London is our warzone: Iranian journalist says working in UK is huge risk as ex-minister suggests cutting ties

19 April 2024, 17:38 | Updated: 20 April 2024, 01:24

An Iranian journalist has said working in the UK is a huge risk.
An Iranian journalist has said working in the UK is a huge risk. Picture: X/NazeninA/Alamy
Fraser Knight.

By Fraser Knight.

An Iranian journalist working in London has told LBC she’s always looking over her shoulder, as she said working in the UK is just as dangerous as entering a warzone.

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Nazenin Ansari, editor of Kayhan London, made the claim just three weeks after another Iranian journalist was stabbed outside his house in Wimbledon.

“Every step I take, every face I see, I have to look at twice,” she said.

“You usually hear about war reporting and the dangers of the journalists who go to war zones. In a way, being here on the streets of London and always not knowing what’s lurking in the shadows, it has its own dangers.

“You never know what will happen, but I have taken precautions at home, for my children, and as much as I can online as well."

On Thursday, the terror legislation tsar, Jonathan Hall KC, told Tom Swarbrick on LBC the threat of attacks from Iranian-backed actors in the UK is “very, very big”.

Counter terrorism police have said at least 15 have been made by Iran to kill people in the UK since 2022.

One TV organisation – Iran International – was forced to relocate from London to the US after a credible threat was made at the start of last year.

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Nick Aldworth told LBC Iran is “almost certainly” attempting to recruit British hitmen to do their work
Nick Aldworth told LBC Iran is “almost certainly” attempting to recruit British hitmen to do their work. Picture: Alamy

Nick Aldworth, the UK’s former Counter-Terrorism National Coordinator and now Director of Intelligence and Risk at Carlisle Support Services, said the state is “almost certainly” attempting to recruit British hitmen to do their work.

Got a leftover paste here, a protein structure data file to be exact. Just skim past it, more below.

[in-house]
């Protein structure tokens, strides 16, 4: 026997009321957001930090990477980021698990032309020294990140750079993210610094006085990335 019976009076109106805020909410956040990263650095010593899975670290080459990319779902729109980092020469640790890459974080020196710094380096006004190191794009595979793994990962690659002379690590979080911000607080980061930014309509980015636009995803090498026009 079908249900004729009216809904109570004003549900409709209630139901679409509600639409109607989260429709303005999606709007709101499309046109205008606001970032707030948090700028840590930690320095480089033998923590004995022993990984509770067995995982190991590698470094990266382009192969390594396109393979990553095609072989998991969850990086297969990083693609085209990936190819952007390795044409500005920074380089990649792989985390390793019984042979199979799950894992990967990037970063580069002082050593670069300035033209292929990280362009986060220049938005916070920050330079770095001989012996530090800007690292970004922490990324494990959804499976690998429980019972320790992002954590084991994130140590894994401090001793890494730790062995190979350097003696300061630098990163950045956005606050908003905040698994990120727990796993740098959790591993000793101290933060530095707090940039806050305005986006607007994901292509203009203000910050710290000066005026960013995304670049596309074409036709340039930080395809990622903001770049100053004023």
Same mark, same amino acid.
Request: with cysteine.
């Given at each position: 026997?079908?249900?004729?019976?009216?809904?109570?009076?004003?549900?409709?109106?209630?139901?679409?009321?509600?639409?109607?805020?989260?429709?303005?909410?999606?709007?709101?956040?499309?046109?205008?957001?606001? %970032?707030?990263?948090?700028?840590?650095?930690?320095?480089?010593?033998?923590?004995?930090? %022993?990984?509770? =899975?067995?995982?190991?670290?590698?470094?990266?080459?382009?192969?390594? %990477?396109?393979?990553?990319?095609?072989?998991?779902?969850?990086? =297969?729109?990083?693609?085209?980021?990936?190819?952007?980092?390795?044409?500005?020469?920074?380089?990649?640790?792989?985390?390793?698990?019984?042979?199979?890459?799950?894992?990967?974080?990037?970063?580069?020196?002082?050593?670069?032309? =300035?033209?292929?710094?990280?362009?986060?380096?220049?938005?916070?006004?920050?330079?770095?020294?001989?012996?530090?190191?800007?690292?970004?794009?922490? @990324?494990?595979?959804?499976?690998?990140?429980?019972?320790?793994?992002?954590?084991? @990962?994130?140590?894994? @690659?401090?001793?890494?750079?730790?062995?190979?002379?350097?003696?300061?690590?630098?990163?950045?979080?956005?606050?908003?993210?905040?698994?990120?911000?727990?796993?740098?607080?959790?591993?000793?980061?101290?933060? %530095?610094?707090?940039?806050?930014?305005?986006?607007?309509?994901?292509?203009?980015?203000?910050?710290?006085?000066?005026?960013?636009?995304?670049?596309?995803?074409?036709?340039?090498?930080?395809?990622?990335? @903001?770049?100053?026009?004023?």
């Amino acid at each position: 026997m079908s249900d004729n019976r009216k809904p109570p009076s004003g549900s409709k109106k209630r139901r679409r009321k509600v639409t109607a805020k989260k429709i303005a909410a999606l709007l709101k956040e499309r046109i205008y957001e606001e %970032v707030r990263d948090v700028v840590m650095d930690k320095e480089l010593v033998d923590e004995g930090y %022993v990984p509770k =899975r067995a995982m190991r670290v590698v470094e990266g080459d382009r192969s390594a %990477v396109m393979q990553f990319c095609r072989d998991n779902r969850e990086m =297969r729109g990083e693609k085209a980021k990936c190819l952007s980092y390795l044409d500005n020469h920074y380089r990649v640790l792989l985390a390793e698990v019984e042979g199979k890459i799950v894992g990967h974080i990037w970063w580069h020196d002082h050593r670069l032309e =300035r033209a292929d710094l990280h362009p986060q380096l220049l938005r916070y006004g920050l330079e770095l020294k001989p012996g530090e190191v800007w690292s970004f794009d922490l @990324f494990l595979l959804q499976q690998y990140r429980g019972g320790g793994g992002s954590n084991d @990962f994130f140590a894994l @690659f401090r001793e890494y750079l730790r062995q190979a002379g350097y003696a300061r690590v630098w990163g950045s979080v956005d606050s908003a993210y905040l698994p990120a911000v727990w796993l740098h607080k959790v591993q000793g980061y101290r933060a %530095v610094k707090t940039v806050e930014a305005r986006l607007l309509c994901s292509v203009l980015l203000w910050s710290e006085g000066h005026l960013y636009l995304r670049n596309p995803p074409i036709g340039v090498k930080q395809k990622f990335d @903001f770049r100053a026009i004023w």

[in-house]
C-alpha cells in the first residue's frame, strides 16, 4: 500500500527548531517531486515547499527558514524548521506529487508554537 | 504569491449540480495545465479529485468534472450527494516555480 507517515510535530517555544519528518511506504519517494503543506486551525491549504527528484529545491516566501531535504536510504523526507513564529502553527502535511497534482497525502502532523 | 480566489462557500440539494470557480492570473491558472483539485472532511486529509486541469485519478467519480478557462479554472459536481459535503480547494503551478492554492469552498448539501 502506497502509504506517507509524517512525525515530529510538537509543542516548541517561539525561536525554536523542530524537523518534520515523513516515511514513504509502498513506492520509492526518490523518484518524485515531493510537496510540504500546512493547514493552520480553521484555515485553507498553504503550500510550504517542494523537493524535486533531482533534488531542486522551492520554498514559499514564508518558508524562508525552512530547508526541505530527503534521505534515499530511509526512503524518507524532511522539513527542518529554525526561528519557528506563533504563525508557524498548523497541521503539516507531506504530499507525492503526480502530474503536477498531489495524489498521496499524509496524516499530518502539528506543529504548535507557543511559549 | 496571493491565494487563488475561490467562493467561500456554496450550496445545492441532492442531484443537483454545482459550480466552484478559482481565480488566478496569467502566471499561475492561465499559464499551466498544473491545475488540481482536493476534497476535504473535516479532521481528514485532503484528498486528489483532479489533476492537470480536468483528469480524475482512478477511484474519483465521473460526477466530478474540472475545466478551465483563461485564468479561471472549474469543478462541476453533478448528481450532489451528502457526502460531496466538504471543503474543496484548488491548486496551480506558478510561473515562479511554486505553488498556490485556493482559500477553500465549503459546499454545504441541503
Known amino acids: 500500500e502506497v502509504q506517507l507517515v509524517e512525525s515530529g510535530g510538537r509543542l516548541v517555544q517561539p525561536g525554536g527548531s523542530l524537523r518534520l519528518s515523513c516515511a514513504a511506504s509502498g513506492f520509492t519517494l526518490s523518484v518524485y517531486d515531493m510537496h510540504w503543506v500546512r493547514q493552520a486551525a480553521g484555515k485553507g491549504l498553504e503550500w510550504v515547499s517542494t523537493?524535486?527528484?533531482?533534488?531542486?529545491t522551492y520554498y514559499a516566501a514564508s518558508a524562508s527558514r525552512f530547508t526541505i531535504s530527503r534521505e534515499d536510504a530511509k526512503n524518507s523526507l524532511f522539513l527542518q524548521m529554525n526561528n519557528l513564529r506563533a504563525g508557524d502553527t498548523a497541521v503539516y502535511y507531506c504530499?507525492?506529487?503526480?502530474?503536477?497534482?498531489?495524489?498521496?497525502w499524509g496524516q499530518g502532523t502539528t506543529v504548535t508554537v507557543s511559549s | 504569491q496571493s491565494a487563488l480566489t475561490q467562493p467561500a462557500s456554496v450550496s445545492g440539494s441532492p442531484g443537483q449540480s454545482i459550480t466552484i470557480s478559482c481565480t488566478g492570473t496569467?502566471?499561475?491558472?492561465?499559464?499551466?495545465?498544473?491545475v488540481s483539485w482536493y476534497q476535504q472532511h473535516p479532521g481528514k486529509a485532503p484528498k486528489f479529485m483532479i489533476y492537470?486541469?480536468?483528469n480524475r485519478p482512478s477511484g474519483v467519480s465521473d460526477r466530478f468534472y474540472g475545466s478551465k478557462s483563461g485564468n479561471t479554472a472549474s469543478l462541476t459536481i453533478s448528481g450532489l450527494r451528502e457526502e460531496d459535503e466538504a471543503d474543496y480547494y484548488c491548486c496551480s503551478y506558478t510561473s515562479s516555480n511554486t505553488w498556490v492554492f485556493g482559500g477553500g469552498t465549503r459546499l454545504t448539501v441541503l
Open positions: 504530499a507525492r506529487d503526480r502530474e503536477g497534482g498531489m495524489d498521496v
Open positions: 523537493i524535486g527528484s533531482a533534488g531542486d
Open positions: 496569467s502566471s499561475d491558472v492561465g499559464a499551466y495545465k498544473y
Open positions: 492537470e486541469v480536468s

“Ideally these states would prefer that these dissidents are neutralised without them getting their hands dirty, without a trace back to the state itself, because that has significant diplomatic implications.

“One of the great routes for them to do that is employing local criminals to do that for you.”

Earlier this week, The Guardian reported that police believe the stabbing of Iran International presenter Pouria Zeraati was carried out by three Eastern European men hired by the Iranian government.

Enquiries are said to have led them to believe they were flown into Britain to carry out the attack and fled on separate commercial flights from Heathrow Airport.

Calls have been growing for the government to proscribe the Islamic Revolutionary Guard Corps (IRGC) as a terrorist organisation, including from the former home secretaries Suella Braverman and Priti Patel.

Tom Swarbrick takes your calls with terror watchdog Jonathan Hall KC

Jonathan Hall, the independent reviewer of terrorism laws, told us that would be a ‘unique move’ though because of them being a part of the country’s government.

He warned it would essentially cut diplomatic ties with the country, become a political debate and devalue our approach to terrorism.

But speaking to LBC, the former counter terrorism minister Dr Kim Howells, questioned the benefit of still having a line of communication with Tehran.

“What is the influence we have and what do those contacts mean in terms of what’s going on in the world? They don’t seem to mean very much.

“We don’t seem to have much influence on the decisions that the government of Iran makes.

“It seems set on making its own decisions about trying to fund terrorism and promote dissent right around the world.”

The IRGC was designated a terrorist organisation in the US in 2019 by Donald Trump but the UK hasn’t followed suit, over concerns it could have implications, including for the British embassy in Tehran.